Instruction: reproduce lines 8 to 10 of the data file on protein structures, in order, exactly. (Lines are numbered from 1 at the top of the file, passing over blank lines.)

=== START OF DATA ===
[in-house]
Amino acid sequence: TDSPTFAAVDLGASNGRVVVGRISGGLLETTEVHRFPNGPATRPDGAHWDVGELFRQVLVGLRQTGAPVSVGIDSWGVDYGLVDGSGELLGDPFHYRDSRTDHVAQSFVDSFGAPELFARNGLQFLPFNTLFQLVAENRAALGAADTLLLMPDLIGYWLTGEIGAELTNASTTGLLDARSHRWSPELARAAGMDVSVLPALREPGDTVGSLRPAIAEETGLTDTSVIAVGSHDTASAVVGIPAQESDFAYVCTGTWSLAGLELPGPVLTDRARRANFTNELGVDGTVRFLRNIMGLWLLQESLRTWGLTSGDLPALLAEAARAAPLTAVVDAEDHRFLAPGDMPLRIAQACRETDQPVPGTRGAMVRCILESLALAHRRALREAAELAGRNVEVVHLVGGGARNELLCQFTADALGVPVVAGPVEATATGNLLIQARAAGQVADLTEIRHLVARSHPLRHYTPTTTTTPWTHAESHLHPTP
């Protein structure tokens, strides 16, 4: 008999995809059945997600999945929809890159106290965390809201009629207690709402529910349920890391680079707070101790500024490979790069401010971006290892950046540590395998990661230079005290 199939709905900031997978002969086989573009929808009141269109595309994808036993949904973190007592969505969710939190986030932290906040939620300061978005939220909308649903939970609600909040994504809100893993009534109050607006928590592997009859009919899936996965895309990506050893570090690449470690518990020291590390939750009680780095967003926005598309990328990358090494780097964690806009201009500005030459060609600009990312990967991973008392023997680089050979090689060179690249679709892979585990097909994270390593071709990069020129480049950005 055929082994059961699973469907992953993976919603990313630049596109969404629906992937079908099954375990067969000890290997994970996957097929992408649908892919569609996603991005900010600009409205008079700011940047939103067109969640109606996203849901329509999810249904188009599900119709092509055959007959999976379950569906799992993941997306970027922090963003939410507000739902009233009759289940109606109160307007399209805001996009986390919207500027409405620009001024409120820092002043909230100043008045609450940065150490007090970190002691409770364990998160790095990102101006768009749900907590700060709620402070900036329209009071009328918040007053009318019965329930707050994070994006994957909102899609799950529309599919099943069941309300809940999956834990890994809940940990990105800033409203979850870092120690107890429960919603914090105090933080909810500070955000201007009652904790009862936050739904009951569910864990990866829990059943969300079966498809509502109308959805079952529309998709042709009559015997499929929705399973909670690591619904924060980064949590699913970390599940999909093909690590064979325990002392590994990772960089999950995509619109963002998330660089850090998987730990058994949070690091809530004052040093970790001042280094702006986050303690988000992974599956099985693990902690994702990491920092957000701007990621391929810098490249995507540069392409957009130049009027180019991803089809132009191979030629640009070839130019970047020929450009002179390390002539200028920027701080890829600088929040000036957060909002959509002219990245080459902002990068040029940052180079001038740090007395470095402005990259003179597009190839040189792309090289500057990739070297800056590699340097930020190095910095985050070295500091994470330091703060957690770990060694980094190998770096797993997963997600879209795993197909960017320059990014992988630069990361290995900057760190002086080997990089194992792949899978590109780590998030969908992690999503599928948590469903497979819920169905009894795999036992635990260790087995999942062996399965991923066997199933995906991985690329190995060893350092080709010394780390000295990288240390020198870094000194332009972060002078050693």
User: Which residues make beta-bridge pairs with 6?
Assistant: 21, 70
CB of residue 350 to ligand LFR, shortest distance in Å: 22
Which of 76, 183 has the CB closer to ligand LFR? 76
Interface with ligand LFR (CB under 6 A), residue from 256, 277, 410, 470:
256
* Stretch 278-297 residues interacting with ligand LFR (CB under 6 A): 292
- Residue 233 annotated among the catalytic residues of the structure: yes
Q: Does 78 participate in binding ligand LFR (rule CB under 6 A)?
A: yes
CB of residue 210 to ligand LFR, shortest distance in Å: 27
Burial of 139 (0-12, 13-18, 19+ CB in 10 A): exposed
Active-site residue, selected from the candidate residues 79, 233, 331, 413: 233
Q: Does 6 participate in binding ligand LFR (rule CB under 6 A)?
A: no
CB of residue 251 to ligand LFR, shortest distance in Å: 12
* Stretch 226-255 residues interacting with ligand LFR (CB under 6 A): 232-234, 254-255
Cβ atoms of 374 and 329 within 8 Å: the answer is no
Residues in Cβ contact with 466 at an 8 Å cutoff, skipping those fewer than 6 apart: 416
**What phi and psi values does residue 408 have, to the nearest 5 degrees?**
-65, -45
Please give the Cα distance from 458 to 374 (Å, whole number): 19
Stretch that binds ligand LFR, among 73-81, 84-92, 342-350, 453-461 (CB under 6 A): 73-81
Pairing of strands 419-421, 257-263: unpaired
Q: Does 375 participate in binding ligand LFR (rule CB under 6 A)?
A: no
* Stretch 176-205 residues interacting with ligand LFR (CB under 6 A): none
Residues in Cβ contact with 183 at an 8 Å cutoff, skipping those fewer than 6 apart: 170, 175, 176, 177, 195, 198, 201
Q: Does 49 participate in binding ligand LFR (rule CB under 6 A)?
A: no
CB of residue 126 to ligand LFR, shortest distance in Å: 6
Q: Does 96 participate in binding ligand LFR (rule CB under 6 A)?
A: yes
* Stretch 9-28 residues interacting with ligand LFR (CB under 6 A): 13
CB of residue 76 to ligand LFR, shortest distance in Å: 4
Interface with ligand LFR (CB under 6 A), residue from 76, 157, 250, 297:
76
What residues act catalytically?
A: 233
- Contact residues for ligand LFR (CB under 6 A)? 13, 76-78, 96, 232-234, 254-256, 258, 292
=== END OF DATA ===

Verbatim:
Interface with ligand LFR (CB under 6 A), residue from 256, 277, 410, 470:
256
* Stretch 278-297 residues interacting with ligand LFR (CB under 6 A): 292